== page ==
The across-the-board improvements to the Panamera's efficiency come partly through changes to the seven-speed PDK transmission. The PDK is one of the most enthusiast-friendly of the many dual-clutch transmissions available these days, thanks to quick, seamless shifts and rapid response. "Intermediate" gears have been added, providing intermittent steps between cogs.

Porsche has widened the Panamera's range to create more distinction between the comfort and sport-oriented models, although all Panameras are serious sports cars when you come down to it. Climb into the cabin and the distinction's a bit blurry, still. The cabin wraps around four passengers in individual chairs with a low roof and high console, but the seats are comfortable and the materials first-rate. If none of the five interior (or 15 exterior) colors are to your taste, Porsche also offers bespoke trim and paint, just like Rolls-Royce and Bentley. For a price, you can get a Panamera painted and upholstered in literally any color you like.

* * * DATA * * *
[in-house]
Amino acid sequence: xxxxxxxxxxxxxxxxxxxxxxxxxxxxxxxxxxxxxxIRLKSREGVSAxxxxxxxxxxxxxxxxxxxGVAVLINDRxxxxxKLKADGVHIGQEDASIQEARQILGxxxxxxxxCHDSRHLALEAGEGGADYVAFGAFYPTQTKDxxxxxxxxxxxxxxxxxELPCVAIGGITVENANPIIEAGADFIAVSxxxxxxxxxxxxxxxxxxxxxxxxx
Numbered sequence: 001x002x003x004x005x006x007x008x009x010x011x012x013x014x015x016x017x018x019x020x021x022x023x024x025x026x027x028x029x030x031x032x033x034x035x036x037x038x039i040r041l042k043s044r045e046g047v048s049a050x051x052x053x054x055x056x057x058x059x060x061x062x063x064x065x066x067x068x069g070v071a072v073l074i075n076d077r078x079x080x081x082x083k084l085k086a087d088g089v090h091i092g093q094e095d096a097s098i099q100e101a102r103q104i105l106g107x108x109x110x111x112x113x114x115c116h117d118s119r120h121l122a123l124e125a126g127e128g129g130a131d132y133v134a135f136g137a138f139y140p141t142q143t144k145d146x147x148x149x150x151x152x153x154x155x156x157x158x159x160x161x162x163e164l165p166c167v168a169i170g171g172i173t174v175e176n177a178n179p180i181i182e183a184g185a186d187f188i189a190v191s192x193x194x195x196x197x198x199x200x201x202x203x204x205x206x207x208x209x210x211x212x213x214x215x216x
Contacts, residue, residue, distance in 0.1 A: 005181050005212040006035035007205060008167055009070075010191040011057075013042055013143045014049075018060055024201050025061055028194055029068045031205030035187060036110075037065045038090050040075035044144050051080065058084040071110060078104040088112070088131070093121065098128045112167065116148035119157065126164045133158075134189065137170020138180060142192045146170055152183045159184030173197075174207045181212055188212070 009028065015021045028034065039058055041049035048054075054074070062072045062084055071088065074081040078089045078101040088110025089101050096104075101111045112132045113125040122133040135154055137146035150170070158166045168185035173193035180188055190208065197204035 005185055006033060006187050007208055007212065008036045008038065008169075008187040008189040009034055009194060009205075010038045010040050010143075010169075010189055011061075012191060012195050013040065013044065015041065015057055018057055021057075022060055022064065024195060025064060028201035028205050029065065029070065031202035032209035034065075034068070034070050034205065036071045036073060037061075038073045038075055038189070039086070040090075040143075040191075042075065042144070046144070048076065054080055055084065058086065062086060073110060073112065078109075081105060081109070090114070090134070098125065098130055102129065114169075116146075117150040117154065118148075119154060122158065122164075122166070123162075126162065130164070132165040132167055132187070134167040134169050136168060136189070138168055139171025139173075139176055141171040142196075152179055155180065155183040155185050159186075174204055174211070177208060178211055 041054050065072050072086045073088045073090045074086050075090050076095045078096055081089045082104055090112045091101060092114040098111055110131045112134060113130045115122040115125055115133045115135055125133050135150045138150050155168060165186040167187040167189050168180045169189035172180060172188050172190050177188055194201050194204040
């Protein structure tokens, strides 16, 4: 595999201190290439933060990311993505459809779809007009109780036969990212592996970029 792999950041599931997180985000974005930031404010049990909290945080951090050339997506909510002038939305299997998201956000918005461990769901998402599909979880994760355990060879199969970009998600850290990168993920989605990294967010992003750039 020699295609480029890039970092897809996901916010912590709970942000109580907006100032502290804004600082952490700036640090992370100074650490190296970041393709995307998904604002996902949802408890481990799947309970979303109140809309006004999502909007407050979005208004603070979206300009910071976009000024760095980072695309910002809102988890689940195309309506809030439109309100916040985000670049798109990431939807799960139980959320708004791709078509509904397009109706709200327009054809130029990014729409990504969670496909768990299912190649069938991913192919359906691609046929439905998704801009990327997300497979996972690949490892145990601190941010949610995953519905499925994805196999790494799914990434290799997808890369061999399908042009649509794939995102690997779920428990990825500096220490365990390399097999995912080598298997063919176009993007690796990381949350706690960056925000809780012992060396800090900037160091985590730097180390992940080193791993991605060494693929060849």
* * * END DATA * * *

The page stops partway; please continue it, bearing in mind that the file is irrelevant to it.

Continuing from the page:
There are an awful lot of buttons on the console, but the Panamera is relatively easy to figure out and, once familiar, it's a fantastic fast-driving tool. The stretched-wheelbase Executive adds almost 5 inches of rear-seat legroom, and the standard-equipment list includes adjustable rear seats, footwell lighting, three-stage heated and cooled seats and rear sun shades. Many manufacturers speak of building a long-wheelbase car that's as fun to drive as it is to be driven in, but the results tend to be 60/40 in favor of being driven, at best. Not so the Panamera Executive Turbo. This car could make folks pay for the privilege to be a chauffeur -- this it most entertaining pseudo-limo out there.

Porsche Panamera

New for 2014 is Porsche Car Connect, a smartphone app that links various car functions and information to your smartphone. Remote services such as vehicle range, a vehicle locator and horn-flasher, and remote vehicle tracking are available to all Panamera owners. E-Hybrid owners also can benefit from the ability to remotely check the battery status and range, and remotely turn on the electronic air conditioning on hot days.

Porsche may not be the first manufacturer you think of when considering a large luxury sedan, but the Panamera's forged a unique niche for itself among the Mercedes S-Classes and Maserati Quattroportes of the world. Pricing starts at $78,100 for the base Panamera with the new V-6, but things don't start getting seriously fun until you step up to the Panamera 4S at $98,300. The Panamera S E-Hybrid stickers for $99,000. The Executive starts at $125,600, and the Turbo at $141,300.